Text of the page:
The Pedirka subregion is situated in Australia’s arid zone where highly variable rainfall, characterised by long periods of no rain and occasional heavy rainfall events (Allan 1985; Croke et al., 1999; see 188.8.131.52), coupled with low soil fertility and localised soil differentiation are the dominant physical environmental drivers of ecosystem composition (Morton et al., 2011).
The Interim Biogeographic Regionalisation for Australia (IBRA) identifies biogeographic regions and subregions based on common climate, geology, landform, native vegetation and species information. The Pedirka subregion contains three IBRA bioregions: Finke, Stony Plains and Simpson Strzelecki Desert (Table 5; Figure 37). The Simpson Strzelecki Desert is the predominant land system; it mainly comprises vast dunefields.
The Pedirka subregion has not been cleared of native vegetation, however, the natural biodiversity and condition has been altered through changes in burning regimes, introduction of pastoral grazing, pest plants and animals, additional watering points and free flowing bores, changes in water pressure to GAB springs and changes to surface water flow through construction of infrastructure (DEH & SAAL NRMB 2009).
The region has undergone gradual desertification over past millennia (Cohen et al., 2011; Magee et al., 2004) leading to the isolation of aquatic ecosystems (Gotch, 2013b). Aquatic ecosystems, including floodplains, floodouts, springs and ephemeral watercourses provide critical refuge and vital habitats for many species, including aquatic and terrestrial species (McNeil et al., 2011). Ecological processes are influenced by high levels of disturbance and variability driven by the variable arid climate. Large floods occur infrequently but drive spectacular booms in biotic production in the Lake Eyre Basin (LEB) (Kingsford 1999; Bunn et al., 2006). Clusters of smaller floods prolong waterbody persistence and provide an increased opportunity for dispersal between habitats compared with isolated flood events (Puckridge et al., 2000). Flood clusters increase the extent of the second and follow-on floods and produce a cumulative response from aquatic biota (Puckridge et al., 2000; Reid et al., 2010). During extended dry periods, aquatic ecosystem-dependent species exist either in highly fragmented sub-populations in isolated refugia, or as desiccant resistant propagules (e.g. eggs or seeds), or by reducing their productivity. When sufficient rainfall events occur, the surviving sub-populations emerge, disperse to other habitats, mix with other sub-populations and rebuild their populations. Within the Pedirka subregion there are no known permanent aquatic ecosystems, however the Great Artesian Basin (GAB) springs at Dalhousie just beyond the southern boundary of the subregion (and dependent on recharge zones within the subregion (Fulton et al., 2013)) include permanent pools and are estimated to have been active for between one and two million years (Kreig 1989). These evolutionary refugia support many short-range endemic species (Fensham et al., 2011) and relict species that would have been more widespread under past climatic conditions (McNeil et al., 2011b; Noack 2005; Davis et al., 2013; Gotch 2013). The community of species dependent on discharge from the GAB is listed as an endangered ecological community under the Environment Protection and Biodiversity Conservation Act 1999 (Cth) (EPBC Act) with reductions in spring flow from groundwater development being one of the main threats (Fensham et al., 2010).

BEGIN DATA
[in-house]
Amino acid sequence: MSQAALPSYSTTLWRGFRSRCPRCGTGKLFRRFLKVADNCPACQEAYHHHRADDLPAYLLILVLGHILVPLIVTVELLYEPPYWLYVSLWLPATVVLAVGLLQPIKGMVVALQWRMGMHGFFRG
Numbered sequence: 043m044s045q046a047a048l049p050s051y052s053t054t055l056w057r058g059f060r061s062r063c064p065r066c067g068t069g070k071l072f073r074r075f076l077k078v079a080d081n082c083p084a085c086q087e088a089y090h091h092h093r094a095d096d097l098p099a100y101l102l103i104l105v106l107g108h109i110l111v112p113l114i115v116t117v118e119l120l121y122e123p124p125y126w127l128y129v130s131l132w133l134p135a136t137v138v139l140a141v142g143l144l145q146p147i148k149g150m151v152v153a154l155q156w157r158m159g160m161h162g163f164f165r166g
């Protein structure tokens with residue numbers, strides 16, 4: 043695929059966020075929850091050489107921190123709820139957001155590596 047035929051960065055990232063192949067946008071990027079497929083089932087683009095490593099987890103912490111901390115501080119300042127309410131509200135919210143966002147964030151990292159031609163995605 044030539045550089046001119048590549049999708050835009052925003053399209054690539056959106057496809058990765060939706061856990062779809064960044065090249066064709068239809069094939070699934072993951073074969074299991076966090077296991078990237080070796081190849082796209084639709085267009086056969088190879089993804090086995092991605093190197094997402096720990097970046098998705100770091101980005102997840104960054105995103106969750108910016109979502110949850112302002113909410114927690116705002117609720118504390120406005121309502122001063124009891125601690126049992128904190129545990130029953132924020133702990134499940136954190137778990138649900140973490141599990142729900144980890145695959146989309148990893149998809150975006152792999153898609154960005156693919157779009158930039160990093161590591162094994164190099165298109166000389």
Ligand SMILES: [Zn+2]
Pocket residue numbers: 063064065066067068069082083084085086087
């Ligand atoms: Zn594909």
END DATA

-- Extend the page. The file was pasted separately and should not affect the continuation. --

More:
The national approach to identifying High Ecological Value Aquatic Ecosystems (HEVAE) is based on multiple criteria: diversity, distinctiveness, vital habitat, naturalness and representativeness (AETG 2012b). In a trial application of the HEVAE criteria in the LEB, Kati Thanda – Lake Eyre, into which the Macumba catchment drains, and Dalhousie Springs were the only two aquatic ecosystems in the entire LEB to score very high in three HEVAE criteria (Hale et al., 2010).
Table 5 IBRA bio regions and IBRA subregions with a significant portion occurring in the Pedirka subregion
Source: Gillam and Urban (2013, p. 25–27)
Figure 37 Interim Biogeographic Regionalisation of Australia regions and subregions
Figure 38 Mapped vegetation associations for the Pedirka subregion
Product Finalisation date
- 1.1.1 Bioregion
- 1.1.2 Geography
- 1.1.3 Geology
- 1.1.4 Hydrogeology and groundwater quality
- 1.1.5 Surface water hydrology and surface water quality
- 1.1.6 Surface water – groundwater interactions
- 1.1.7 Ecology
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- Contributors to the Technical Programme
- About this technical product